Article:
Gallaudet students plan next series of protests


WASHINGTON -- Hearing-impaired students at Gallaudet University offered Saturday to provide a list of 'highly qualified' mediators to help resolve their differences with the school's administration that closed the facility for the last week.

No names of potential mediators were disclosed.


The students are demanding the appointment of a deaf president to run the nation's only liberal arts college for the deaf. Student protests led to the resignation Thursday of the newly appointed president, Elisabeth Zinser, a normal-hearing administrator who has no knowledge of sign language.

The school's board of trustees had favored Zinser 10-4 over two hearing-impaired candidates.

The students said in a statement issued Saturday night their support can be gained only by granting four demands they issued Friday.

Those demands included the appointment of a deaf president -- the first in the university's history -- and the appointment of a deaf majority on the 20-member board of trustees.

But at the same time, the statement from the Deaf President Now Council appeared to offer an olive branch to the board, which is scheduled to meet at 11 a.m. Sunday.

'The Deaf President Now Council recognizes the need to establish an immediate dialogue with the members of the board of trustees,' the statement said. 'We understand that the board will be meeting beginning on Sunday, March 13. Some of the topics that will be discussed during the board meeting will concern issues raised by the students of Gallaudet University.


'Taking into account that unilateral decisions made by the board which deviate from the four demands as stated by the council will not have the support of the students, it is imperative that we set into place a mechanism to facilitate dialogue on how these demands can be implemented,' the statement said.

'We will provide the board a list of highly qualified mediators as a way to resolve the present siuation at Gallaudet University. We welcome any suggestions from the board on how this dialogue may take place.'

Earlier Saturday, hearing-impaired students and their advocates gathered at the university in spring sunshine for 'a day of sharing' while their leaders drafted strategies for a second, intense set of protests.

The students, though joyous over their non-violent battle to remove Zinser from the presidency, said only a fraction of their four demands have been met and vowed to continue their protest through their spring break, which began Saturday, until they get what they want.

'The students have made it loud and clear that they are not going to return to classes until all of the demands are met,' said James Tucker, an English professor, 1981 Gallaudet graduate and member of the Deaf President Now Council which is organizing the protests.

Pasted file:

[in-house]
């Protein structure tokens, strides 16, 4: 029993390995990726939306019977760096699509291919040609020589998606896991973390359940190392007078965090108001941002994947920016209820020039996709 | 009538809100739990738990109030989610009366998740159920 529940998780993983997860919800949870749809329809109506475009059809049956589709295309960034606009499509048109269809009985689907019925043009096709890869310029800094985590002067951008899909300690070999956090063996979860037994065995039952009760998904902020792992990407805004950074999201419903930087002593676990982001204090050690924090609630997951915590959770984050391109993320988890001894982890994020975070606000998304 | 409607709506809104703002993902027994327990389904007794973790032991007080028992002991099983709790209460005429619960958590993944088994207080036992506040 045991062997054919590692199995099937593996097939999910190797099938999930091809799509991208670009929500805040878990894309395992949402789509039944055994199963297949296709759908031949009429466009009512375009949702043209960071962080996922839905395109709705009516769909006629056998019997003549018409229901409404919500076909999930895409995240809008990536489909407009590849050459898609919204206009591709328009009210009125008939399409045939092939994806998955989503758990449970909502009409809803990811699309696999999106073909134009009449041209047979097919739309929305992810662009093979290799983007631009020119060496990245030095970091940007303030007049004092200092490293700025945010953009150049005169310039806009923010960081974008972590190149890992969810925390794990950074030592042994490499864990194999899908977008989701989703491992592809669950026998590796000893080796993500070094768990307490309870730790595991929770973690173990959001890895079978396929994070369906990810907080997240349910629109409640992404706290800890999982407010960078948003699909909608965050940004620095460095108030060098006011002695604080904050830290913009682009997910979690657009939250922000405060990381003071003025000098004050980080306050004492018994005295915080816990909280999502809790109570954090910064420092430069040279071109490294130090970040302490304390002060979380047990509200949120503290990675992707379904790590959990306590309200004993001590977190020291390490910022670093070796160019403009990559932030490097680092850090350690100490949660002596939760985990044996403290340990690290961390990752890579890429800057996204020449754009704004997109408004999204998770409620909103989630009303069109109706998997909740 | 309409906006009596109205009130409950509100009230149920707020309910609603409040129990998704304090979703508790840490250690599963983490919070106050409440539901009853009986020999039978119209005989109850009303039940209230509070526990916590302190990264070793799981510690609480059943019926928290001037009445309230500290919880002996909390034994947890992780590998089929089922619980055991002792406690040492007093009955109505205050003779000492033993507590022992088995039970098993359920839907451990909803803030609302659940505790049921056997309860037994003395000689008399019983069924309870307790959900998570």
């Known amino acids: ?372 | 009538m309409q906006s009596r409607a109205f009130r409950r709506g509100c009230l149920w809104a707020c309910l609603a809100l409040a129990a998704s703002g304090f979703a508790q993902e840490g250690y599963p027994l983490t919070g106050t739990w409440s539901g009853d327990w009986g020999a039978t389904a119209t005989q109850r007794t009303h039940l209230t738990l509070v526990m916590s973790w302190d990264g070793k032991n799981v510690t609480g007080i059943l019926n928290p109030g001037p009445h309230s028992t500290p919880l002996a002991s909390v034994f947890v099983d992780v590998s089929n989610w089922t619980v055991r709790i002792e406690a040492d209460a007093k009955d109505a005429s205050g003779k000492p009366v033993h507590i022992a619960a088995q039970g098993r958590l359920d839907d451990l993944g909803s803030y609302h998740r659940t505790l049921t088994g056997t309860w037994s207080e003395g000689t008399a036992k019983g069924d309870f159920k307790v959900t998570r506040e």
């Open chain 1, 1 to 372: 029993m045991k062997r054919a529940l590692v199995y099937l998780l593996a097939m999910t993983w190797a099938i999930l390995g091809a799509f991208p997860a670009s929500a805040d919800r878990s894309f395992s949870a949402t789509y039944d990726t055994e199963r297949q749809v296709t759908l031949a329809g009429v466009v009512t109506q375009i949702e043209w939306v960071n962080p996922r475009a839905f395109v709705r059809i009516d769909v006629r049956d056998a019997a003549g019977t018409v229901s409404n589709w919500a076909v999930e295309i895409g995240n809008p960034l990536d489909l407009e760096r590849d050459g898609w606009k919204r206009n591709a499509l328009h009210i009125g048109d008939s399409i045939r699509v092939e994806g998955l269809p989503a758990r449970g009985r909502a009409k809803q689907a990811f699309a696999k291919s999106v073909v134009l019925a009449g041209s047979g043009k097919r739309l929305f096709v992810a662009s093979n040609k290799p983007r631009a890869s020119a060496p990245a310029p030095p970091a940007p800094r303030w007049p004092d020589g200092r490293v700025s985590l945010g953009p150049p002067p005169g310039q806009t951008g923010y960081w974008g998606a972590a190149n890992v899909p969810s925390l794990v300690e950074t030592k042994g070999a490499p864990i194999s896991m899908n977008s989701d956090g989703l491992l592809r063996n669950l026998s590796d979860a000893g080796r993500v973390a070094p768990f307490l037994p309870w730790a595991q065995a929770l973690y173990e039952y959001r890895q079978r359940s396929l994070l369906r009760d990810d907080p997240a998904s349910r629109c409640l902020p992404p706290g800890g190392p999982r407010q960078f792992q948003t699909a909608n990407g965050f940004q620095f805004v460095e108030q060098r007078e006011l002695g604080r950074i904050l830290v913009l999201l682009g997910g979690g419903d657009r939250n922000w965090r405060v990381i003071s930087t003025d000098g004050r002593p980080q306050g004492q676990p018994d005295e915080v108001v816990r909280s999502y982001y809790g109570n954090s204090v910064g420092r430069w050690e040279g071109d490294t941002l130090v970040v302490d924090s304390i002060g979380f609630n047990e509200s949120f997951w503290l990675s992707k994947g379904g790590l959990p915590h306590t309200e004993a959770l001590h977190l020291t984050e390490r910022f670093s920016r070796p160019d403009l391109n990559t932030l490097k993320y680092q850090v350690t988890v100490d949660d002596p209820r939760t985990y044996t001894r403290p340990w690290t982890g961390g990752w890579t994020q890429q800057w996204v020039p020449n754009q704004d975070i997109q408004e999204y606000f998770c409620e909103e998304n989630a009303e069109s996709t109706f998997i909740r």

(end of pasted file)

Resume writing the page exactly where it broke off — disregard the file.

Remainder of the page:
'The ball is in (the trustees') court,' Tucker said. The council met Saturday to plan strategy for the week, but did not reveal the tactics they hope to employ.

Along with the demand for a deaf president, the students want Board of Trustees Chairwoman Jane Bassett Spilman to resign, a deaf majority on the 20-member board and amnesty for student protesters.

Scores of students, faculty and well-wishers gathered at the campus Saturday for an art festival and a picnic that featured 'Board-busting burgers' and 'Spilman dogs' and the symbolic devouring of one sandwich for every board of trustees member.

'This, really, is a day of sharing,' said Jackie Kinner, a deaf Washington area resident who has been helping students with their protest, adding that they are preparing for an even more intense series of protests as the board begins its selection process Sunday for Zinser's replacement.

'Everyone intends to see this through,' she said. 'We are very unified. There is a common feeling among us. We are hearing from people from all over the nation, the world.'

Among the supporters Saturday was Yerker Andersson, president of the World Federation of the Deaf, an international association for the hearing impaired whose 11 board directors all are deaf.


'Spilman should resign because she never learned sign language and she never learned to interact with the deaf community,' Andersson said. 'I think the United States government can afford to have a majority of deaf people on the board because we accept pluralism.'

Spilman has said she will not step down unless other board members ask her to do so, and she refused to say whether only deaf people would be considered for the presidency.

Zinser was to return to Greensboro, N.C., Saturday night where she planned to resume her position as vice chancellor of academic affairs at the University of North Carolina at Greensboro.

Zinser's administrative assistant, Nora Robbins, who said her colleagues were 'thrilled' over Zinser's return, said her boss never officially resigned from her position because she had planned to begin work at Gallaudet this summer.

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